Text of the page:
... The Journal Of Cinematic Illusions
Sci-Fi, Fantasy, Technical Bimonthly Magazine from Riverside ,United States

- First issue: 1980
Special effects
From 1980, it explains the way special effects are made.
Only covers 2-3 films in rolex Replica watch for sale every issue with many details and behind the scenes photos.
Publisher: Don Shay Editor: Jody Duncan
A quarterly publication. 112 colour A5 pages.
- Published by Cinefex
- Website:

Last updated:

Recent updates

Special thanks for this page goes to:
Scott Matheson
Garry Malvern

Info from the Database
Highslide JS Listing is complete.
There are 171 issues listed in the database

Info from the Cover Gallery
Covers found: 171
Covers missing: None
See The listing

CONTENTS: 1980 1981 1982 1983 1984 1985 1986 1987 1988 1989 1990 1991 1992 1993 1994 1995 1996 1997 1998 1999 2000 2001 2002 2003 2004 2005 2006 2007 2008 2009 2010 2011 2012 2013 2014 2015 2016 2017 2018 2019 2020 All GALLERIES: 1980 1981 1982 1983 1984 1985 1986 1987 1988 1989 1990 1991 1992 1993 1994 1995 1996 1997 1998 1999 2000 2001 2002 2003 2004 2005 2006 2007 2008 2009 2010 2011 2012 2013 2014 2015 2016 2017 2018 2019 2020 All

Issue 115
October/November/December 2008
The Dark Knight: Batman Grounded:
Article by Jody Duncan
Director Christopher Nolan follows up his hugely successful Batman Begins with an even grittier take on the enduring comic book saga, as his Caped Crusader faces off against The Joker, portrayed with darkly comic and disturbing lunacy by Heath Ledger. Lending verisimilitude to Gotham locales were IMAX-resolution shots by Double Negative, Framestore and BUF Compagnie, under visual effects supervisor Nick Davis. Jaw-dropping effects and paraphernalia devised by special effects supervisor Chris Corbould and his team added to the film's gripping sense of reality.
Indiana Jones and the Kingdom of the Crystal Skull: Atomic Age Hero:
Article by Joe Fordham
Following a 20-year hiatus, director Steven Spielberg and producer George Lucas pick up the trail of cinema's most iconic adventurer in Indiana Jones and the Kingdom of the Crystal Skull, featuring Harrison Ford as the aging archeologist, who teams with a young accomplice to track a mysterious crystal skull in the jungles of South America. Special effects by Daniel Sudick, and practical props by Stan Winston Studio, paid homage to the pre-digital look of the franchise's earlier films, while visual effects supervisor Pablo Helman orchestrated digital effects by Industrial Light & Magic.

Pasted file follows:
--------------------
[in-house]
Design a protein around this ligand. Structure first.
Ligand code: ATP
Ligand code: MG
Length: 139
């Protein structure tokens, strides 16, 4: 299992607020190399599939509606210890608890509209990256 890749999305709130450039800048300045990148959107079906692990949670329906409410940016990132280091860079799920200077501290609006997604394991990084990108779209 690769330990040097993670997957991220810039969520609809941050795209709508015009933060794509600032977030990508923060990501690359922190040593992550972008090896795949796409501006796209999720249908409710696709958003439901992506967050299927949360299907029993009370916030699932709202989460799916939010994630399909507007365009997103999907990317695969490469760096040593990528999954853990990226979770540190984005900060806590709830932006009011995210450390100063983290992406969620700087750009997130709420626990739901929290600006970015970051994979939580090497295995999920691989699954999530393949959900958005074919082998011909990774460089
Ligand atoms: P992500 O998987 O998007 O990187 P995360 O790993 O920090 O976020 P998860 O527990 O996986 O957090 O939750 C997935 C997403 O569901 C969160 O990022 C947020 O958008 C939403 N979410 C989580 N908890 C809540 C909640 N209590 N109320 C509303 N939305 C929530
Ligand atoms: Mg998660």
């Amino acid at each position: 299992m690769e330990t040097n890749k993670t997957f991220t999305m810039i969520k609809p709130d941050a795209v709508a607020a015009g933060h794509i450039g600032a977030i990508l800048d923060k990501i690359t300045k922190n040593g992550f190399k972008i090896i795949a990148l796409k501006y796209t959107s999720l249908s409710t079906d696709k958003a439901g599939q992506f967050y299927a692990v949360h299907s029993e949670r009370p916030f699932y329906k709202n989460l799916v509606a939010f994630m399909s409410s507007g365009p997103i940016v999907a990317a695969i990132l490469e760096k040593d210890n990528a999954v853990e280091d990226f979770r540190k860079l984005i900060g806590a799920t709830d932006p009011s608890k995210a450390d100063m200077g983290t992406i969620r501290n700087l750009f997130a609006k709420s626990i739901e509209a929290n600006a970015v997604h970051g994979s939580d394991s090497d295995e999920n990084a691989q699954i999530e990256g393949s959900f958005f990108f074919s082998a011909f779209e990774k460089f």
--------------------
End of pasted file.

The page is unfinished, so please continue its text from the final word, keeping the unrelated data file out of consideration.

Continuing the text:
Hellboy II: The Golden Army: Paranormal Parade:
Article by David W. Marshall
In Hellboy II: The Golden Army, a sequel to the 2004 film based on the demonic hero, writer/director Guillermo Del Toro returns with all-new parade of paranormal characters. Joining him were Hellboy veterans Spectral Motion and Efectos Especiales DDT, who led the makeup and practical creature effects, while visual effects supervisor Mike Wassel, working with lead effects company Double Negative and a host of supporting vendors, added digital panache to the visual feast. Article by David W. Marshall.
Hancock: Overview: Carey Villegas & Ken Hahn on Hancock:
Article by Joe Fordham
Will Smith stars as an unlikable and reluctant superhero in serious need of an image makeover in Hancock, a clever twist on the genre. Sony Pictures Imageworks and a host of supporting vendors breathed life into director Peter Berg's vision of the offbeat hero's rough and tumble world.
Journey to the Center of the Earth 3D: Q&A with Eric Brevig:
Interview by Jody Duncan
Oscar-winning visual effects supervisor Eric Brevig shares insights and anecdotes about his directorial debut, Journey to the Center of the Earth 3D.

Issue 114
July/August/September 2008
Iron Man: The Man in the Iron Mask:
Article by Jody Duncan
In Iron Man, Robert Downey Jr. stars as weapons mogul Tony Stark, whose flying suit of armor serves as a life-support system after a near-fatal run-in with terrorists in Afghanistan. For its debut film, based on the iconic comic book character, Marvel Studios enlisted director Jon Favreau to bring an air of fun and originality to the proceedings, aided by Stan Winston Studio's elaborate practical suits, and eye-popping visuals by Industrial Light & Magic, The Orphanage and a host of other vendors working under the guidance of visual effects supervisor John Nelson.
The Chronicles of Narnia: Prince Caspian: Lost World:
Article by Joe Fordham
In The Chronicles of Narnia: Prince Caspian, the second in C. S. Lewis' classic novel series to receive a big-screen adaptation, returning director Andrew Adamson offers up a darker tale in which the Pevensie children join forces with an exiled prince in his bid to rescue Narnia from a power-hungry usurper. Orchestrated by Dean Wright and Wendy Rogers, visual effects created at The Moving Picture Company, Framestore and Weta Digital invested the Narnian universe with all-new fantasy characters and environments, while practical creature effects by KNB EFX Group, and miniatures by Weta Workshop, provided a gritty realism.
Speed Racer: Formula for a Universe:
Article by Joe Fordham
The Wachowski Brothers reunite with their Matrix series collaborators -- visual effects supervisors John Gaeta and Dan Glass -- for Speed Racer, adapted from a colorful Japanese anime cartoon series about an elite group of auto racers. The effects-laden film, shot mostly against greenscreen, captured the anime feel through highly stylized animation and compositing techniques, executed by Digital Domain, BUF Compagnie, Sony Pictures Imageworks, CafeFX and nearly a dozen additional supporting vendors.
Get Smart: Overview: Joe Bauer on Get Smart:
Article by Jody Duncan
Director Peter Segal teams with visual effects supervisor Joe Bauer and special effects supervisor Michael Lantieri to pay homage to the popular 1960s-era TV spy spoof about a bumbling agent and his female sidekick.
The Incredible Hulk: Overview: Kurt Williams on The Incredible Hulk:
Article by Estelle Shay